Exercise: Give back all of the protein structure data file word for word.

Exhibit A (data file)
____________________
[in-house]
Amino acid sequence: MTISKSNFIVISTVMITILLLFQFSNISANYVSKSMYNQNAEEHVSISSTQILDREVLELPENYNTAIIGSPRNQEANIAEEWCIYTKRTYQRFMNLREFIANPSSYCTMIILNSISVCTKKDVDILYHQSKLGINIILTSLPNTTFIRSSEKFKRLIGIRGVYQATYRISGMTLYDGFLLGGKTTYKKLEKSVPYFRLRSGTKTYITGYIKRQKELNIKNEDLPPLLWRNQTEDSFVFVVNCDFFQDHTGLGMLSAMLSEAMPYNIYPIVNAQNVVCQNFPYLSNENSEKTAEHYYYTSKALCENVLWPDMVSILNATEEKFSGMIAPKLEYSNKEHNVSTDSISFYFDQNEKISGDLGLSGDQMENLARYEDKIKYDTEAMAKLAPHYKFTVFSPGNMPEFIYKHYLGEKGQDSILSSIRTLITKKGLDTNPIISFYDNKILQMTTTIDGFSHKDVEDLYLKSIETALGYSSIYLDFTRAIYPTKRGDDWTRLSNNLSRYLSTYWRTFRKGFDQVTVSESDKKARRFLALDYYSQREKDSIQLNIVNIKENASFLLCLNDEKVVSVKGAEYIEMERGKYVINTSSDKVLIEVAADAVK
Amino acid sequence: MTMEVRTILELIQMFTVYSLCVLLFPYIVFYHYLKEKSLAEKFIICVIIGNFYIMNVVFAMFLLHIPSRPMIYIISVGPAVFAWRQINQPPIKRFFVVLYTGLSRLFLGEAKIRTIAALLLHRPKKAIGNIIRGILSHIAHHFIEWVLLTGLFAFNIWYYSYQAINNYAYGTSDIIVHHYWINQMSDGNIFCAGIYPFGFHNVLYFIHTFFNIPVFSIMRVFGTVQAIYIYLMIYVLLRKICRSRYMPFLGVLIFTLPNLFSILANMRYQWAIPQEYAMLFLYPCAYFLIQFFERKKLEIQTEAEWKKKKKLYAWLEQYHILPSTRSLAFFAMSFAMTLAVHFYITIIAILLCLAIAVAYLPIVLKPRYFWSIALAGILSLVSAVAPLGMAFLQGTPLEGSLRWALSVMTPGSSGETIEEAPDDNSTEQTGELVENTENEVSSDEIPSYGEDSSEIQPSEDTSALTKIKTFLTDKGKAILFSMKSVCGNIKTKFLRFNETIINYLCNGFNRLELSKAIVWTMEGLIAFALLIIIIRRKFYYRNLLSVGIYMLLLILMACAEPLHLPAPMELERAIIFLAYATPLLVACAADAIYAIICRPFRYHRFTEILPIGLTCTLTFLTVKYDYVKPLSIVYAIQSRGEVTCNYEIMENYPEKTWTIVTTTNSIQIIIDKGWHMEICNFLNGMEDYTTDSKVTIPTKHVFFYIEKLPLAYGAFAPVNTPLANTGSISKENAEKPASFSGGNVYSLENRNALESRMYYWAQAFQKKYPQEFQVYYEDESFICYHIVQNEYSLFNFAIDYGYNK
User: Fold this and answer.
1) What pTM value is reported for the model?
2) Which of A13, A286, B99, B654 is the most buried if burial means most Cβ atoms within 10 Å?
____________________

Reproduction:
[in-house]
Amino acid sequence: MTISKSNFIVISTVMITILLLFQFSNISANYVSKSMYNQNAEEHVSISSTQILDREVLELPENYNTAIIGSPRNQEANIAEEWCIYTKRTYQRFMNLREFIANPSSYCTMIILNSISVCTKKDVDILYHQSKLGINIILTSLPNTTFIRSSEKFKRLIGIRGVYQATYRISGMTLYDGFLLGGKTTYKKLEKSVPYFRLRSGTKTYITGYIKRQKELNIKNEDLPPLLWRNQTEDSFVFVVNCDFFQDHTGLGMLSAMLSEAMPYNIYPIVNAQNVVCQNFPYLSNENSEKTAEHYYYTSKALCENVLWPDMVSILNATEEKFSGMIAPKLEYSNKEHNVSTDSISFYFDQNEKISGDLGLSGDQMENLARYEDKIKYDTEAMAKLAPHYKFTVFSPGNMPEFIYKHYLGEKGQDSILSSIRTLITKKGLDTNPIISFYDNKILQMTTTIDGFSHKDVEDLYLKSIETALGYSSIYLDFTRAIYPTKRGDDWTRLSNNLSRYLSTYWRTFRKGFDQVTVSESDKKARRFLALDYYSQREKDSIQLNIVNIKENASFLLCLNDEKVVSVKGAEYIEMERGKYVINTSSDKVLIEVAADAVK
Amino acid sequence: MTMEVRTILELIQMFTVYSLCVLLFPYIVFYHYLKEKSLAEKFIICVIIGNFYIMNVVFAMFLLHIPSRPMIYIISVGPAVFAWRQINQPPIKRFFVVLYTGLSRLFLGEAKIRTIAALLLHRPKKAIGNIIRGILSHIAHHFIEWVLLTGLFAFNIWYYSYQAINNYAYGTSDIIVHHYWINQMSDGNIFCAGIYPFGFHNVLYFIHTFFNIPVFSIMRVFGTVQAIYIYLMIYVLLRKICRSRYMPFLGVLIFTLPNLFSILANMRYQWAIPQEYAMLFLYPCAYFLIQFFERKKLEIQTEAEWKKKKKLYAWLEQYHILPSTRSLAFFAMSFAMTLAVHFYITIIAILLCLAIAVAYLPIVLKPRYFWSIALAGILSLVSAVAPLGMAFLQGTPLEGSLRWALSVMTPGSSGETIEEAPDDNSTEQTGELVENTENEVSSDEIPSYGEDSSEIQPSEDTSALTKIKTFLTDKGKAILFSMKSVCGNIKTKFLRFNETIINYLCNGFNRLELSKAIVWTMEGLIAFALLIIIIRRKFYYRNLLSVGIYMLLLILMACAEPLHLPAPMELERAIIFLAYATPLLVACAADAIYAIICRPFRYHRFTEILPIGLTCTLTFLTVKYDYVKPLSIVYAIQSRGEVTCNYEIMENYPEKTWTIVTTTNSIQIIIDKGWHMEICNFLNGMEDYTTDSKVTIPTKHVFFYIEKLPLAYGAFAPVNTPLANTGSISKENAEKPASFSGGNVYSLENRNALESRMYYWAQAFQKKYPQEFQVYYEDESFICYHIVQNEYSLFNFAIDYGYNK
User: Fold this and answer.
1) What pTM value is reported for the model?
2) Which of A13, A286, B99, B654 is the most buried if burial means most Cβ atoms within 10 Å?